Even though different varieties are called today as in the past with the name Barbarossa – both for table- and wine- grapes – having in common only the red or red-green bedrry colour, perhaps the most famous Barbarossa is the one outlined by Count Giorgio Gallesio in his Pomona (1817-1839). Famous not so much because at that time the most widespread, but for the beautiful image of it created by Domenico Delpino in 1828.
The Barbarossa presented here, from Finale in the province of Savona, corresponds to the variety described by Gallesio, which in the late nineteenth century was present in western Liguria (Commissione Ampelografica Provinciale di Portomaurizio, 1881).
In truth the first mentions of a Barbarossa grape should be related to Tuscany, as per Soderini (1590), confirmed a couple of centuries later by Trinci (1726), however, historical references to varieties with this name appear in many other Italian regions including Piedmont, Emilia-Romagna, Apulia.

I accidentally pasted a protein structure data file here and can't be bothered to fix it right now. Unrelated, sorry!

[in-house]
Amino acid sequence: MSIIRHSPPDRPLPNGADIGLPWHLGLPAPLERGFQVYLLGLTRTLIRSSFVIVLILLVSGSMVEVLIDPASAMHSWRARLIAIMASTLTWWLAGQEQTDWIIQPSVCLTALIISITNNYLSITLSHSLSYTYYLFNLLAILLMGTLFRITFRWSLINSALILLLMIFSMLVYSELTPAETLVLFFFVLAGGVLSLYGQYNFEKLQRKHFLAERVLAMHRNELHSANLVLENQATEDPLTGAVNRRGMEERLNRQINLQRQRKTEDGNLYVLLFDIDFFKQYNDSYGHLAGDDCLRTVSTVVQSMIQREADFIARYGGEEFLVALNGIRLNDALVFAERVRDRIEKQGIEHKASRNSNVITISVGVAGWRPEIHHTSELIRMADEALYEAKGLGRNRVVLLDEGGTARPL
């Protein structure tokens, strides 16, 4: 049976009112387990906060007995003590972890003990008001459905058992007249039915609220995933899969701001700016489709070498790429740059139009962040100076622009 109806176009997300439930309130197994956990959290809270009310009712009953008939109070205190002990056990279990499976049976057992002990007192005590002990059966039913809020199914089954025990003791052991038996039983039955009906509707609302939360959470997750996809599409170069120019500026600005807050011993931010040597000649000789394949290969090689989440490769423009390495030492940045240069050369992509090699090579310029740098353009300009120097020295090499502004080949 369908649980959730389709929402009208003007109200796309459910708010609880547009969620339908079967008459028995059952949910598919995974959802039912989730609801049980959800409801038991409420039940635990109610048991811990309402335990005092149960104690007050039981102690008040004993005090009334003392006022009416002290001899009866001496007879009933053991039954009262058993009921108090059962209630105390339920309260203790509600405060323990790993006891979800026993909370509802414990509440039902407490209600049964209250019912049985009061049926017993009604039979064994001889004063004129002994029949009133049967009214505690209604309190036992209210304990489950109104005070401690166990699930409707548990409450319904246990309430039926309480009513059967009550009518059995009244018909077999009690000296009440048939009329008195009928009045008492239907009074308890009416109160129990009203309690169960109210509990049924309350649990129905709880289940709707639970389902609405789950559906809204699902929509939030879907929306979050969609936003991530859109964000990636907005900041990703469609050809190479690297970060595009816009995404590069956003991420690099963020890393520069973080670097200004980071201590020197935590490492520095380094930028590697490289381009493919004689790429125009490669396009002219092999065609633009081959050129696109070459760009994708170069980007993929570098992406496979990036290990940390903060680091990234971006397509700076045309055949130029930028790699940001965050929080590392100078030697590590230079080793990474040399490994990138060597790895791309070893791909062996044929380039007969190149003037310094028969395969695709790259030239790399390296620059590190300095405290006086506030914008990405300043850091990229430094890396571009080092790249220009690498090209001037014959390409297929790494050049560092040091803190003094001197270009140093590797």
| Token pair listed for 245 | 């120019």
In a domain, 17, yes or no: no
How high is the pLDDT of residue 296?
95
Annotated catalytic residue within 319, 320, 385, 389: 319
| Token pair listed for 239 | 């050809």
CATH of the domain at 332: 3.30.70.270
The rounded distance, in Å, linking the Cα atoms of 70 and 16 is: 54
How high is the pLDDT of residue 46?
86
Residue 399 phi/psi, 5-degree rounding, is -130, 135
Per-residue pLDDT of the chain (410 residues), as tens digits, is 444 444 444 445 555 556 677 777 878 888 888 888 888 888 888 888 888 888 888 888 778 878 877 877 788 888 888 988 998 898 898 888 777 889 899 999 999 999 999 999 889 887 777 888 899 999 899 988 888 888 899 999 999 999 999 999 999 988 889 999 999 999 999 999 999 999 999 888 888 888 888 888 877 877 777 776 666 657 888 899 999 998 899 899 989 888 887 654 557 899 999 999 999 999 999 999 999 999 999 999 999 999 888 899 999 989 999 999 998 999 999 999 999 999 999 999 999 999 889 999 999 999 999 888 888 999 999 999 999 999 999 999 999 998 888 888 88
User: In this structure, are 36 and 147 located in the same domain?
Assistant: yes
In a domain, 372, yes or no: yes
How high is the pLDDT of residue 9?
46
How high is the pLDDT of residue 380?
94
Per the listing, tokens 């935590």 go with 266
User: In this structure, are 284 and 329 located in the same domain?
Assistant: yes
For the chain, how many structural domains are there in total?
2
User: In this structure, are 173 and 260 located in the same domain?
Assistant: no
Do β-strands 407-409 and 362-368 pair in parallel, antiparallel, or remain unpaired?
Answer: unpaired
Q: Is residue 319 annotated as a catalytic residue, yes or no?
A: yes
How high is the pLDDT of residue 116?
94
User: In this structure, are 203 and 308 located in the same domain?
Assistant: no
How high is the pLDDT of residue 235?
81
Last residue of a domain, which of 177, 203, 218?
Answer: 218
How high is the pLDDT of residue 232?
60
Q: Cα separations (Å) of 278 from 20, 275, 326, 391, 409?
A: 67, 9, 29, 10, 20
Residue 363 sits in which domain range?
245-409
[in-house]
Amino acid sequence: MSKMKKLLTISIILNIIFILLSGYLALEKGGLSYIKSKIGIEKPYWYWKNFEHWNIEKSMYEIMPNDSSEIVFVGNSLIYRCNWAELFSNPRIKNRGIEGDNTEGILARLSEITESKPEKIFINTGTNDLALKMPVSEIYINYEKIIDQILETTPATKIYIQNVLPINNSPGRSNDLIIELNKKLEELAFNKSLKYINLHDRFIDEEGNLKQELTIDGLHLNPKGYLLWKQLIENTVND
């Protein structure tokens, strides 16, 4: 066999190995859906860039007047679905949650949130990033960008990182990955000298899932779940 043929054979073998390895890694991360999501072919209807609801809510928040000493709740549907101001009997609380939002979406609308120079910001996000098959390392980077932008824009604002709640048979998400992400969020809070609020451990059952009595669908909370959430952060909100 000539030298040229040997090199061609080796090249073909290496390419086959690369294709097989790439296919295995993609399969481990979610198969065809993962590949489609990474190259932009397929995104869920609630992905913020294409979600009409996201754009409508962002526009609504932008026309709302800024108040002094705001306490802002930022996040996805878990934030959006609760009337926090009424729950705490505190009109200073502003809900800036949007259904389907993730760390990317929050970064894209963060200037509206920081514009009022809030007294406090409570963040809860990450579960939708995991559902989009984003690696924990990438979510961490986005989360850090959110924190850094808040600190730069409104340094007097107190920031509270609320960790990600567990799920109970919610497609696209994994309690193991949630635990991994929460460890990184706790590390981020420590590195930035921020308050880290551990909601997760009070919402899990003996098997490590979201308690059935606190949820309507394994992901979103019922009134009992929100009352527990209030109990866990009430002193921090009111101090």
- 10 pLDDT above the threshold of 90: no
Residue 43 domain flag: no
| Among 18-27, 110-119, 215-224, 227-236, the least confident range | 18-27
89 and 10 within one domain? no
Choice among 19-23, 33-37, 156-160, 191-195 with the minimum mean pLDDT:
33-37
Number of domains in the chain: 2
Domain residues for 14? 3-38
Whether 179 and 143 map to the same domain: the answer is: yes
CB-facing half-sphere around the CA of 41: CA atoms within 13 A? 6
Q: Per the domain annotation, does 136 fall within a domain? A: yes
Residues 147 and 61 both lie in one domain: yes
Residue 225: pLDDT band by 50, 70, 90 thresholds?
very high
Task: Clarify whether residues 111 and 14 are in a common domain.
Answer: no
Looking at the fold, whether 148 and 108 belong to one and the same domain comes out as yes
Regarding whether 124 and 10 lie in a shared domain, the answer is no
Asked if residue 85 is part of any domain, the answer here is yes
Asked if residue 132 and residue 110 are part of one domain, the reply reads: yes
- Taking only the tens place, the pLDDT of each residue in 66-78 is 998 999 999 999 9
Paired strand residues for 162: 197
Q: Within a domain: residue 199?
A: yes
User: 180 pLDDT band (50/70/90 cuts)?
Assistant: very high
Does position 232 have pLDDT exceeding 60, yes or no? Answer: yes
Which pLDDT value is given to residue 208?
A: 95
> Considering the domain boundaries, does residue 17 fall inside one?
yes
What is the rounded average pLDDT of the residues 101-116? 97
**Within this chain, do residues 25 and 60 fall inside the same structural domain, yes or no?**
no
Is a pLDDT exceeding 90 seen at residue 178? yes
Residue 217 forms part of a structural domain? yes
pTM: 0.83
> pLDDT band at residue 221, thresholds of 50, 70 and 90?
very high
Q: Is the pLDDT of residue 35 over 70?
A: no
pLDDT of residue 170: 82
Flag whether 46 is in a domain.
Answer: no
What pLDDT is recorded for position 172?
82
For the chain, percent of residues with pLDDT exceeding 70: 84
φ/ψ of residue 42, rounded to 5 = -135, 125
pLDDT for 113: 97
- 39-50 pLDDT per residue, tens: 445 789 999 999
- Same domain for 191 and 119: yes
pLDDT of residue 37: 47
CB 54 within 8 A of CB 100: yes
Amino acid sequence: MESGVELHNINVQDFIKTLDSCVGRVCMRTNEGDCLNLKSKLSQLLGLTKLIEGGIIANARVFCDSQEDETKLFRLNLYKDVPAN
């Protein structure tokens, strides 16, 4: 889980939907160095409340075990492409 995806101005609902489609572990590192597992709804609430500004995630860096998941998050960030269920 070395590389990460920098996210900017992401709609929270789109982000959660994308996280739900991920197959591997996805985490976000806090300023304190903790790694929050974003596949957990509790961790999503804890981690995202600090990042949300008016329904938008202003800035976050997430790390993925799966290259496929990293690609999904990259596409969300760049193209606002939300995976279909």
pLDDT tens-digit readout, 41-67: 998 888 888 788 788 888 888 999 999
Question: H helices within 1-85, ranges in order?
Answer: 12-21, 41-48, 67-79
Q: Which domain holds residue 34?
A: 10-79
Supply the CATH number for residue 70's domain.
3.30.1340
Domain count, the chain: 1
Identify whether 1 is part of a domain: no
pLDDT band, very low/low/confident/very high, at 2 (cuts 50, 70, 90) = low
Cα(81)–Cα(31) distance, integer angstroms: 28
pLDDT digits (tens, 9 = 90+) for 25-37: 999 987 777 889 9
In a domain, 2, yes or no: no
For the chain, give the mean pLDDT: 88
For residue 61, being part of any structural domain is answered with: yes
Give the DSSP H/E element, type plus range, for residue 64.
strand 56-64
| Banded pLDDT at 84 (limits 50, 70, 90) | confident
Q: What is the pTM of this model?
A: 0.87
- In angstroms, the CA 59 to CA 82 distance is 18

While Gallesio believed the Barbarossa from Finale identical to that of Tuscany and Piedmont, we know that it is definitely distinct from Barbarossa from the Asti region – once one of the most popular table grapes in Piedmont – and probably also different from those of Tuscany, Romagna and Apulia.
In truth the Barbarossa grapes homonyms, widespread in many regions, constitute a complex homonymy case that often impairs the ability to understand to which of the red-fruited historical vines belong the current Barbarossas.